Another thing that takes away from the camp value is Bruce Campbell, who plays his role as Ash completely straight. This might come as a real shock, considering Campbell's reputation. But this was Campbell's big break, the role which got people to notice him, and so he tries to play his role. At the very least, Campbell tries to play the movie star, dominating the movie with his presence and charm, and he does. But this isn't the same Ash who told a flock of medieval warriors to buy his Grand Rapids-made boomstick at their local S-mart from Army of Darkness. It's Ask being visibly scared, not knowing what the hell is going on, though knowing quite well that no one - himself included - really believes it.
Evil Dead does an awful lot like a standard slasher flick, but it still turns that horrible genre onto its head by turning the victims into the killers they fear. In the long run of the genre, it really doesn't make THAT much of a difference, but it's still an interesting little inversion.
Evil Dead may be tacky and low-budget, but, well, that's part of the whole point! And getting to see Bruce Campbell is always worth it! He is the king, after all, and hail to the king!
Anchor Bay's DVD edition of Raimi's goofy, gory cult classic sports a picture trimmed to facilitate a 1.85:1 aspect ratio, catering to 16x9 television owners. Pan & scan butchery was equally ugly, but Elite's 1.33:1 release and all of the VHS editions of identical formatting that preceded it were surely more accurate presentations of this movie, which was shot in 1.37:1. That aside, this is a quality disc. It's unsightly, but that's how it was shot - on outmoded Arriflex … more
**** out of **** Often considered one of the biggest cinematic bloodbaths ever, as well as one of the darkest comedies in existence, "The Evil Dead" is Sam Raimi's "big indie beast"; a stunning debut from a man who can successfully take one genre, and can still make a film about not one, but two things. That could only be the work of a true craftsman. But how can a film as violent and bloody as this one have been made with actual craft? Isn't it no … more
The Evil Dead is set in the back woods of Tennessee in an old abandoned cabin. Five young kids, all in their early twenties are all set for a weekend of camping, partying and having a good time. All is going well until they find the basement in the cabin. There had been some kind researcher living in the cabin quite some time back. It appeared that he had left in a hurray or just never came back to get his materials. Scott and Ash found a book and some audio recordings. So while having a few cocktails … more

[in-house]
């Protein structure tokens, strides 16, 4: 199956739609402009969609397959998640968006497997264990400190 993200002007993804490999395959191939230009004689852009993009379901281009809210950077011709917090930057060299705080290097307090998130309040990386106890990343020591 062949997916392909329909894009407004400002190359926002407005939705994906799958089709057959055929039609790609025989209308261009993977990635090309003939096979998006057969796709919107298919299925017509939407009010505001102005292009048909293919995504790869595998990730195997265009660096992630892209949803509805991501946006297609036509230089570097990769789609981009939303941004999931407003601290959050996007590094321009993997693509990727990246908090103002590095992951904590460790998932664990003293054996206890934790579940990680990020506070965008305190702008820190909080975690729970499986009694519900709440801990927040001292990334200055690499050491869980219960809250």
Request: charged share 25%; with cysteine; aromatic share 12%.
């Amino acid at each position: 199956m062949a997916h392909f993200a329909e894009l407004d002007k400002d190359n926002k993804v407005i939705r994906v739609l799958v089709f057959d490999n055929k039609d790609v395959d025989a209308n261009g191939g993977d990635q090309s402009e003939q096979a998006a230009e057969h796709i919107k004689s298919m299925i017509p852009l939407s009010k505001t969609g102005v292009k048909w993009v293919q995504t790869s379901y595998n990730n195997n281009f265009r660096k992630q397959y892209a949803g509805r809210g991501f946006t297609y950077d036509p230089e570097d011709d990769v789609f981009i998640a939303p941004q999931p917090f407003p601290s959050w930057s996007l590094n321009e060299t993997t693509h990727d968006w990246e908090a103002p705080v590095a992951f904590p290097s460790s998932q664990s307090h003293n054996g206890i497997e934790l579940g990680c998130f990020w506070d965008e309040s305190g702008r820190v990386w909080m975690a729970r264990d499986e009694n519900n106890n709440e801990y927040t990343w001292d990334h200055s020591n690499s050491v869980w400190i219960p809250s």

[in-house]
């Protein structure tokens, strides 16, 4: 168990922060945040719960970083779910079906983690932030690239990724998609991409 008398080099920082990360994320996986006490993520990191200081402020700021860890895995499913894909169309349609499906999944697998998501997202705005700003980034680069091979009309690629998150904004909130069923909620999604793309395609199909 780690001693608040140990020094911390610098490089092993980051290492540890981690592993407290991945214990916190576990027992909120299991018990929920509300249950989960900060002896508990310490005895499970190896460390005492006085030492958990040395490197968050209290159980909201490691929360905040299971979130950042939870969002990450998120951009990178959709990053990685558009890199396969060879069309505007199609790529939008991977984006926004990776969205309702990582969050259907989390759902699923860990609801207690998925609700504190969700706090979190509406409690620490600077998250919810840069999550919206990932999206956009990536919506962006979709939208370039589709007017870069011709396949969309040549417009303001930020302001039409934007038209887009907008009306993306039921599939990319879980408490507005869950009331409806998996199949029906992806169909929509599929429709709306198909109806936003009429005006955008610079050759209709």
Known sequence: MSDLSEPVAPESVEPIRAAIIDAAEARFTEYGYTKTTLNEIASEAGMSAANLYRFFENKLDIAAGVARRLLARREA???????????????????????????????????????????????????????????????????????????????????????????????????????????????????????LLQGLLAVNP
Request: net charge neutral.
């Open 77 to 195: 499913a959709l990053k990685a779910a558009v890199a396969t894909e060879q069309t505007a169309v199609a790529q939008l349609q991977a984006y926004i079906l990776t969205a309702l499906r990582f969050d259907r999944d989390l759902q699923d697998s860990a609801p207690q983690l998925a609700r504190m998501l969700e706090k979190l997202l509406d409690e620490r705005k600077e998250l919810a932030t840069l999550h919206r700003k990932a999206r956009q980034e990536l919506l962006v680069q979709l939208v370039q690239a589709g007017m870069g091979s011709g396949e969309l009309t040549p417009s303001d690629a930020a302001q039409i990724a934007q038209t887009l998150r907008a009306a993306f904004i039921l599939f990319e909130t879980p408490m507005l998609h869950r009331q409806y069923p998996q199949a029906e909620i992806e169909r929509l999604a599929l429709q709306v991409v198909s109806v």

Evil Dead was one of the last midnight movies (at least in my area). It was also the most violent, gory and cheesiest horror film I have seen in the last twenty or so years that was highly entertaining. A group of college kids go fooling around in some old cabin and discover the Necronomicon. Yes, they find the book that H.P. Lovecraft used to love to write about. A book made from human skin and contains a bizarre language and horrific images that drive people insane. Once when these silly … more
Pros: Bruce Campbell, well directed Cons: Lighting, make up, costumes Five college students head to a cabin in the woods for a little vacation. They accidentally awaken some demons by way of recorded incantations from the Necronomicron (Book of the Dead), and are forced to fight them to stay alive. One by one, the students themselves become possessed, leaving Ash (Bruce Campbell) the last man standing. All alone, Ash must fend off the Evil Dead, while … more
Director Sam Raimi's first film has achieved legendary status since its 1982 release, and for good reason. Though perhaps not as widely seen as its two sequels, EVIL DEAD 2 and ARMY OF DARKNESS, THE EVIL DEAD is arguably the best of the three. It is the story of five college-age friends who travel to a cabin in rural Tennessee where the stumble upon the Book of the Dead, an ancient tome bound in human flesh and inked in blood. After unwittingly awakening the unspeakable terror told of in the book, each of the friends is transformed into the evil dead, one by one, except for Ash (Bruce Campbell). So, Ash is left with no other way to survive than to dismember the living corpses of his sister, girlfriend, and two of his friends. Shot on a shoestring budget, the film boasts some impressive camera work and extremely over-the-top gore effects as well as a sense of humor much more subtle than the tongue-in-cheek aesthetic of the two sequels.